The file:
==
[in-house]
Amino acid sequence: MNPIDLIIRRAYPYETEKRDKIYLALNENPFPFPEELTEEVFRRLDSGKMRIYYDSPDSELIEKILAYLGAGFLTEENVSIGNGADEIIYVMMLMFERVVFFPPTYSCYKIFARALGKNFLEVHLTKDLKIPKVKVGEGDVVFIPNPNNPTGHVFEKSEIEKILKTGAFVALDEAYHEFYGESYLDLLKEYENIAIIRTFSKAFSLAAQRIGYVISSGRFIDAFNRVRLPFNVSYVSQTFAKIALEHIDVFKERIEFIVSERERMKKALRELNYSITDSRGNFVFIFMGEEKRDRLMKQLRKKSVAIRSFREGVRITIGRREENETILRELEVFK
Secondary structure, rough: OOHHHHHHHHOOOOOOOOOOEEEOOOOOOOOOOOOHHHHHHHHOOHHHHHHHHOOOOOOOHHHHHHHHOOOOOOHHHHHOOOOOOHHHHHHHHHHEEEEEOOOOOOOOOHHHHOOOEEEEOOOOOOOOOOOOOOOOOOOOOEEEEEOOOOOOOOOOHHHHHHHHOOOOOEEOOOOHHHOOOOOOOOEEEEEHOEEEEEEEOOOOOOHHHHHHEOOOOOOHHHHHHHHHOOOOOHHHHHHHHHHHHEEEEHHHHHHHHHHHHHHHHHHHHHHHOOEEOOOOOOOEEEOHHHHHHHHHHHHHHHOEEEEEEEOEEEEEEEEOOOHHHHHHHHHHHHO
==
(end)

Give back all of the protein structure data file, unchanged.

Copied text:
[in-house]
Amino acid sequence: MNPIDLIIRRAYPYETEKRDKIYLALNENPFPFPEELTEEVFRRLDSGKMRIYYDSPDSELIEKILAYLGAGFLTEENVSIGNGADEIIYVMMLMFERVVFFPPTYSCYKIFARALGKNFLEVHLTKDLKIPKVKVGEGDVVFIPNPNNPTGHVFEKSEIEKILKTGAFVALDEAYHEFYGESYLDLLKEYENIAIIRTFSKAFSLAAQRIGYVISSGRFIDAFNRVRLPFNVSYVSQTFAKIALEHIDVFKERIEFIVSERERMKKALRELNYSITDSRGNFVFIFMGEEKRDRLMKQLRKKSVAIRSFREGVRITIGRREENETILRELEVFK
Secondary structure, rough: OOHHHHHHHHOOOOOOOOOOEEEOOOOOOOOOOOOHHHHHHHHOOHHHHHHHHOOOOOOOHHHHHHHHOOOOOOHHHHHOOOOOOHHHHHHHHHHEEEEEOOOOOOOOOHHHHOOOEEEEOOOOOOOOOOOOOOOOOOOOOEEEEEOOOOOOOOOOHHHHHHHHOOOOOEEOOOOHHHOOOOOOOOEEEEEHOEEEEEEEOOOOOOHHHHHHEOOOOOOHHHHHHHHHOOOOOHHHHHHHHHHHHEEEEHHHHHHHHHHHHHHHHHHHHHHHOOEEOOOOOOOEEEOHHHHHHHHHHHHHHHOEEEEEEEOEEEEEEEEOOOHHHHHHHHHHHHO